There are 23 genes found in the human genome for claudin proteins[13] and there are 27 transmembrane domains across mammals.[7][10] The conservation is not observed on a genetic level. Despite the genetic level not being conserved across claudins their structural conservation are very similar.

See also

Additional images

References

  1. ^ a b Hou J, Konrad M (2010-01-01). "Chapter 7 - Claudins and Renal Magnesium Handling". In Yu AS (ed.). Current Topics in Membranes. Vol. 65. Academic Press. pp. 151–176. doi:10.1016/s1063-5823(10)65007-7.
  2. ^ Furuse M (2010-01-01). "Chapter 1 - Introduction: Claudins, Tight Junctions, and the Paracellular Barrier". In Yu AS (ed.). Current Topics in Membranes. Vol. 65. Academic Press. pp. 1–19. doi:10.1016/s1063-5823(10)65001-6.
  3. ^ Szaszi K, Amoozadeh Y (2014-01-01). "Chapter Six - New Insights into Functions, Regulation, and Pathological Roles of Tight Junctions in Kidney Tubular Epithelium". In Jeon KW (ed.). International Review of Cell and Molecular Biology. Vol. 308. Academic Press. pp. 205–271. doi:10.1016/b978-0-12-800097-7.00006-3.
  4. ^ Greene C, Campbell M, Janigro D (2019-01-01). "Chapter 1 - Fundamentals of Brain–Barrier Anatomy and Global Functions". In Lonser RR, Sarntinoranont M, Bankiewicz K (eds.). Nervous System Drug Delivery. Academic Press. pp. 3–20. doi:10.1016/b978-0-12-813997-4.00001-3. ISBN 978-0-12-813997-4.
  5. ^ Haseloff RF, Piontek J, Blasig IE (2010-01-01). "Chapter 5 - The Investigation of cis- and trans-Interactions Between Claudins". In L Yu AS (ed.). Current Topics in Membranes. Vol. 65. Academic Press. pp. 97–112. doi:10.1016/s1063-5823(10)65005-3.
  6. ^ a b c d Günzel D, Yu AS (April 2013). "Claudins and the modulation of tight junction permeability". Physiological Reviews. 93 (2): 525–569. doi:10.1152/physrev.00019.2012. PMC 3768107. PMID 23589827.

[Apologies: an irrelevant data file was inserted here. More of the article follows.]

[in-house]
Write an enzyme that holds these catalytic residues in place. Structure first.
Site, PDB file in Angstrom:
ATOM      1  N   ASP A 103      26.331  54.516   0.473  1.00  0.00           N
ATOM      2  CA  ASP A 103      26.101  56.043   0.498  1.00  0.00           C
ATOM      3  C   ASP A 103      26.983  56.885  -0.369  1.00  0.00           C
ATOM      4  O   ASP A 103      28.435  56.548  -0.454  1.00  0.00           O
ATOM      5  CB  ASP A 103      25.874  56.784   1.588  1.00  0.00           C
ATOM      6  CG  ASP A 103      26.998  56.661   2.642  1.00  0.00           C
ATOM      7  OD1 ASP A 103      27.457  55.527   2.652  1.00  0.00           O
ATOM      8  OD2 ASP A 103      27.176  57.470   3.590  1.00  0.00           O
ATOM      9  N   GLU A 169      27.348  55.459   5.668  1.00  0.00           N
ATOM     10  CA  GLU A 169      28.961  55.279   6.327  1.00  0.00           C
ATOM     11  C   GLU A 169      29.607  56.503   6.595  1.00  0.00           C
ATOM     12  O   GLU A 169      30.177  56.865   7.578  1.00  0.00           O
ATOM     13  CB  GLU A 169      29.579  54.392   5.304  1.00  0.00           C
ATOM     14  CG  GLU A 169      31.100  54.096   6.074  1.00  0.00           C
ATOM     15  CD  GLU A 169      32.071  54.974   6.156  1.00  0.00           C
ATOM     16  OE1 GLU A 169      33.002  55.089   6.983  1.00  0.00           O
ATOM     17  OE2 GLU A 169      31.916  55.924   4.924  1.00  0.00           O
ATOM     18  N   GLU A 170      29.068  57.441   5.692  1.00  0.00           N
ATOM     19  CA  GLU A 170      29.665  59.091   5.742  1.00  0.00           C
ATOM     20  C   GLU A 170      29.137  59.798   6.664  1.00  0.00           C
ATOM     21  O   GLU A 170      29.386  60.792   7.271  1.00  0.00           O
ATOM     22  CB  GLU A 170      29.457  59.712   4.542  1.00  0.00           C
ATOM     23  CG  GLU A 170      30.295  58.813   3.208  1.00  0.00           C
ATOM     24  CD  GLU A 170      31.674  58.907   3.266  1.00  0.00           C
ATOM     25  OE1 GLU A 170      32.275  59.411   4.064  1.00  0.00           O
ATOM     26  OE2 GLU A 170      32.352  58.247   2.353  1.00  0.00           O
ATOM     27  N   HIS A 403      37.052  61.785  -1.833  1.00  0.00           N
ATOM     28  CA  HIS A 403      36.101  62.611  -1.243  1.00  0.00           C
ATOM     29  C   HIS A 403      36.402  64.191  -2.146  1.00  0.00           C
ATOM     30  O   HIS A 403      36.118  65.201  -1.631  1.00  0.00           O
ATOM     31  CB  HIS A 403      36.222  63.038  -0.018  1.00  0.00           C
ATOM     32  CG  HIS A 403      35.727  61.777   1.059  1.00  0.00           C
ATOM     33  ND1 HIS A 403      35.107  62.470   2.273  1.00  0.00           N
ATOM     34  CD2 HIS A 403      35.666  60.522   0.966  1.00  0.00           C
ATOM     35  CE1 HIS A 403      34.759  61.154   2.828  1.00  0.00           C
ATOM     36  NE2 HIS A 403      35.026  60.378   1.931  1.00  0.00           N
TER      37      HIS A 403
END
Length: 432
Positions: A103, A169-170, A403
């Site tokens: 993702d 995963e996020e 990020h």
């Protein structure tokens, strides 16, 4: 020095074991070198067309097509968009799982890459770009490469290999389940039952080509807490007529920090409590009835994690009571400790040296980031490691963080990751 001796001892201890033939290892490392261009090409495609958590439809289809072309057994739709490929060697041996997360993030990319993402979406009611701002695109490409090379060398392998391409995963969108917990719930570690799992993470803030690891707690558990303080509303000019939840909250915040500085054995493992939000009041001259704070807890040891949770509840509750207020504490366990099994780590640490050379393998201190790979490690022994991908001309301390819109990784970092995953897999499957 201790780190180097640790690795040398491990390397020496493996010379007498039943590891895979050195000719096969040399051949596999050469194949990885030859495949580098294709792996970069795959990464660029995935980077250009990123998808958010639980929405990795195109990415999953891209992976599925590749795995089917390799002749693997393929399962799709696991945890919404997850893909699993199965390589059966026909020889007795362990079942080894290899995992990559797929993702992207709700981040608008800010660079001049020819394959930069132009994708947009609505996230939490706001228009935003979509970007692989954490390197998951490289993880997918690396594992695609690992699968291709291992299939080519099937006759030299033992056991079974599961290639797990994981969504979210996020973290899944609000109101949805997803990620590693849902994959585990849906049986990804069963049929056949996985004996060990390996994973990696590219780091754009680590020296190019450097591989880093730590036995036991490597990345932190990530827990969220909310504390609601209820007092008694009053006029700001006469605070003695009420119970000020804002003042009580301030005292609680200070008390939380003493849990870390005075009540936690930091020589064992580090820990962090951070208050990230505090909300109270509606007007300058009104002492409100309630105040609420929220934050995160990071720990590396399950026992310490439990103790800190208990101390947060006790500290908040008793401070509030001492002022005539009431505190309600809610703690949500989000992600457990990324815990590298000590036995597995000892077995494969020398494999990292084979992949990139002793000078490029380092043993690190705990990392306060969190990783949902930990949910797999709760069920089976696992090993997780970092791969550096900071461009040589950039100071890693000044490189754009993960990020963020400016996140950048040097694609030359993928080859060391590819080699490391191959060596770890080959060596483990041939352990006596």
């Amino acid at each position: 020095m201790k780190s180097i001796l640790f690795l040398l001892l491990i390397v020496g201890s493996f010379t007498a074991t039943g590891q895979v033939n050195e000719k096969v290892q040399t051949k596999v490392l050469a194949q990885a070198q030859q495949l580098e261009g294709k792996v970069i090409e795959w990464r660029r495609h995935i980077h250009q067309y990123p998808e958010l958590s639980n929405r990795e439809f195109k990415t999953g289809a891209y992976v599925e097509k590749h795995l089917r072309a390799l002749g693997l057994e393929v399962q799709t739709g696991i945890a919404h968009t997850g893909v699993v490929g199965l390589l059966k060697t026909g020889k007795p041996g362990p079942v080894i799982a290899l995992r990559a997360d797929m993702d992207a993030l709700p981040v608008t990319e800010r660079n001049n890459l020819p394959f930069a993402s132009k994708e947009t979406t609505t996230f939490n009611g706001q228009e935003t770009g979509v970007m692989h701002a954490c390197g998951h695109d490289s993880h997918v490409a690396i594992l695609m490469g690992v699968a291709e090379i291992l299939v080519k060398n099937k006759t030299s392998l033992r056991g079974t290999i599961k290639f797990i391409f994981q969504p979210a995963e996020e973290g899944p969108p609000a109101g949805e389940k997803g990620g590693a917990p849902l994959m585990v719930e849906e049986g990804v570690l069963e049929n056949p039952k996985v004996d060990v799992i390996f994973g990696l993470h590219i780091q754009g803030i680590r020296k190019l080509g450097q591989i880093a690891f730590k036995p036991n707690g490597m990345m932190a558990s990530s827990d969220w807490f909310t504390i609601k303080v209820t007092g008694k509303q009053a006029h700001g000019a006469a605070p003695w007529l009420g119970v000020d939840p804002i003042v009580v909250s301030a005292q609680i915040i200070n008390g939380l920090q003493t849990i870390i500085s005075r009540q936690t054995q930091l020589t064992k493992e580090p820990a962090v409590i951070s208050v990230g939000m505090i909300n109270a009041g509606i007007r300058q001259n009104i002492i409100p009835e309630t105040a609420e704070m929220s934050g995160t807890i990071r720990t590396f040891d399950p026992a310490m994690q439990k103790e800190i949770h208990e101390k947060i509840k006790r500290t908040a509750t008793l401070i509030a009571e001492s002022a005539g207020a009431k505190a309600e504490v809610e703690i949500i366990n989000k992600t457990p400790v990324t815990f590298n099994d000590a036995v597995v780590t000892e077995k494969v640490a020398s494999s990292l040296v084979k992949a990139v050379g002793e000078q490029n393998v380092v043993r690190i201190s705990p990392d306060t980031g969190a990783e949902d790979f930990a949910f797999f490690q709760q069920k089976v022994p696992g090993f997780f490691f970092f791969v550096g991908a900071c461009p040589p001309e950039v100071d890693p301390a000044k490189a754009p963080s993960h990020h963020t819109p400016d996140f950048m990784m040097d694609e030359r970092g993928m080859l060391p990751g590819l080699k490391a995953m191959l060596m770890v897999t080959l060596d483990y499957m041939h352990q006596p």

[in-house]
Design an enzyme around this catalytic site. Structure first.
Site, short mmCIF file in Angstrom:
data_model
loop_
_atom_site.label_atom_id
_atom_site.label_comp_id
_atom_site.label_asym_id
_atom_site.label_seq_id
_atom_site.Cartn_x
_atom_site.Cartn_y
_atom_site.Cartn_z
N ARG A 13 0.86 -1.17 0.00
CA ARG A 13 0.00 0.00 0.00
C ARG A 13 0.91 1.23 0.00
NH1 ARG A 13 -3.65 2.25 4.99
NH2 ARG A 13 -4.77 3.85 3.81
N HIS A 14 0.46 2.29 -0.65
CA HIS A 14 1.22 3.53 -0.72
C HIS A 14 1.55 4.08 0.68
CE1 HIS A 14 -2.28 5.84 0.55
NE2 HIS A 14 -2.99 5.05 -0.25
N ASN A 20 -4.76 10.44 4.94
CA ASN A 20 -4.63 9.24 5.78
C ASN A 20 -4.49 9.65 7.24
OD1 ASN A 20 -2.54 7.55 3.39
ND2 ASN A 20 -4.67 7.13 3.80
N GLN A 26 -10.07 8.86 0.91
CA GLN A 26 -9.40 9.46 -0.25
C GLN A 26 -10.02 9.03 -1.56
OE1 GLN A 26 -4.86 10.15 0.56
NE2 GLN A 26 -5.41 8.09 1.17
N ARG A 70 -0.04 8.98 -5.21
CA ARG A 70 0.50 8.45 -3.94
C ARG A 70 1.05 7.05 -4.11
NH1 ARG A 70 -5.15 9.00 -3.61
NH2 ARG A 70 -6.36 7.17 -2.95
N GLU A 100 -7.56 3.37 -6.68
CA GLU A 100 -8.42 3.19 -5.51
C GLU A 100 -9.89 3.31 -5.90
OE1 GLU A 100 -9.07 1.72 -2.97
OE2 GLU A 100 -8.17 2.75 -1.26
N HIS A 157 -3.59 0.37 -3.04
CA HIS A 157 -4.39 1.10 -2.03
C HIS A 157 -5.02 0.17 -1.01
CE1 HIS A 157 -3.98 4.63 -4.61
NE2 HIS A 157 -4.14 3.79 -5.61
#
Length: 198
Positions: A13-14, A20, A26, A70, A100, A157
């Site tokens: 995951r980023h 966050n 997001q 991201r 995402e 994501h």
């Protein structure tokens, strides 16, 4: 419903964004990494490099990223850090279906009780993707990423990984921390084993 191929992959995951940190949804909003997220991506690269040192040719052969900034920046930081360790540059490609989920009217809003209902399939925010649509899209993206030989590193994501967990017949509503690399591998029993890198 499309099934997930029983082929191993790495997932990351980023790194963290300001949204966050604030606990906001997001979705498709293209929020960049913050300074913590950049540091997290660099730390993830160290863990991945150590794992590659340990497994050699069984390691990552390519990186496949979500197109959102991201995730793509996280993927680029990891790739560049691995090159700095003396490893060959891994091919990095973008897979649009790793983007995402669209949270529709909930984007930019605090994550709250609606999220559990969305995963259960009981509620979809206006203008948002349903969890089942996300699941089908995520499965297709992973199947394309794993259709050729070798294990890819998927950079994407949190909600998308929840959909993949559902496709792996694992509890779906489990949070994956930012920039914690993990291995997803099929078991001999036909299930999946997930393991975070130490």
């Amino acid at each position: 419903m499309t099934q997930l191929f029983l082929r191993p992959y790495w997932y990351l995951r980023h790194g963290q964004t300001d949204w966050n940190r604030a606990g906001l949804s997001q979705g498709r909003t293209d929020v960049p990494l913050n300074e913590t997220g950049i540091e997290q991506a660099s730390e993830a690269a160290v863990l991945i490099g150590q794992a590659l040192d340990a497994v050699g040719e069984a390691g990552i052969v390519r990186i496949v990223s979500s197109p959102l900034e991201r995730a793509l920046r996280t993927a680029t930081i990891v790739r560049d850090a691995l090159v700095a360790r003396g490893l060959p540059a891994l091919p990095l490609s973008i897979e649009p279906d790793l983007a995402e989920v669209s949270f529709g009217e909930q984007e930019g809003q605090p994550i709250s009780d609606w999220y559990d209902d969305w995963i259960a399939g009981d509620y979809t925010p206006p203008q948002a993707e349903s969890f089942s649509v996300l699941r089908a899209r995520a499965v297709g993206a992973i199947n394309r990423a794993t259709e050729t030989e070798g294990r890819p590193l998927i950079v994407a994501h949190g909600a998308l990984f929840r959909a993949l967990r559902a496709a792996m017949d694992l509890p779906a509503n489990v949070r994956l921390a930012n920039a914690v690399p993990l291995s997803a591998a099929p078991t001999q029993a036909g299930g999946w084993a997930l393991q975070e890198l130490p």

7. ^ a b c "Crystal Structures of claudins: insights into their intermolecular interactions". Annals of the New York Academy of Sciences. 1205. September 2010. doi:10.1111/nyas.2010.1205.issue-s1. ISSN 0077-8923.
  8. ^ a b Fuladi S, Jannat RW, Shen L, Weber CR, Khalili-Araghi F (January 2020). "Computational Modeling of Claudin Structure and Function". International Journal of Molecular Sciences. 21 (3): 742. doi:10.3390/ijms21030742. PMC 7037046. PMID 31979311.
  9. ^ a b Rüffer C, Gerke V (May 2004). "The C-terminal cytoplasmic tail of claudins 1 and 5 but not its PDZ-binding motif is required for apical localization at epithelial and endothelial tight junctions". European Journal of Cell Biology. 83 (4): 135–144. doi:10.1078/0171-9335-00366. PMID 15260435.
  10. ^ a b c Tsukita S, Tanaka H, Tamura A (February 2019). "The Claudins: From Tight Junctions to Biological Systems". Trends in Biochemical Sciences. 44 (2): 141–152. doi:10.1016/j.tibs.2018.09.008. PMID 30665499.
  11. ^ Furuse M, Fujita K, Hiiragi T, Fujimoto K, Tsukita S (June 1998). "Claudin-1 and -2: novel integral membrane proteins localizing at tight junctions with no sequence similarity to occludin". The Journal of Cell Biology. 141 (7): 1539–1550. doi:10.1083/jcb.141.7.1539. PMC 2132999. PMID 9647647.
  12. ^ Liu F, Koval M, Ranganathan S, Fanayan S, Hancock WS, Lundberg EK, et al. (February 2016). "Systems Proteomics View of the Endogenous Human Claudin Protein Family". Journal of Proteome Research. 15 (2): 339–359. doi:10.1021/acs.jproteome.5b00769. PMC 4777318. PMID 26680015.
  13. ^ a b Taylor A, Warner M, Mendoza C, Memmott C, LeCheminant T, Bailey S, et al. (May 2021). "Chimeric Claudins: A New Tool to Study Tight Junction Structure and Function". International Journal of Molecular Sciences. 22 (9): 4947. doi:10.3390/ijms22094947. PMC 8124314. PMID 34066630.
  14. ^ Hou J (2019-01-01). "Chapter 7 - Paracellular Channel in Organ System". In Hou J (ed.). The Paracellular Channel. Academic Press. pp. 93–141. doi:10.1016/b978-0-12-814635-4.00007-3. ISBN 978-0-12-814635-4.
  15. ^ Hou J (2019-01-01). "Chapter 8 - Paracellular Channel in Human Disease". In Hou J (ed.). The Paracellular Channel. Academic Press. pp. 143–173. doi:10.1016/b978-0-12-814635-4.00008-5. ISBN 978-0-12-814635-4.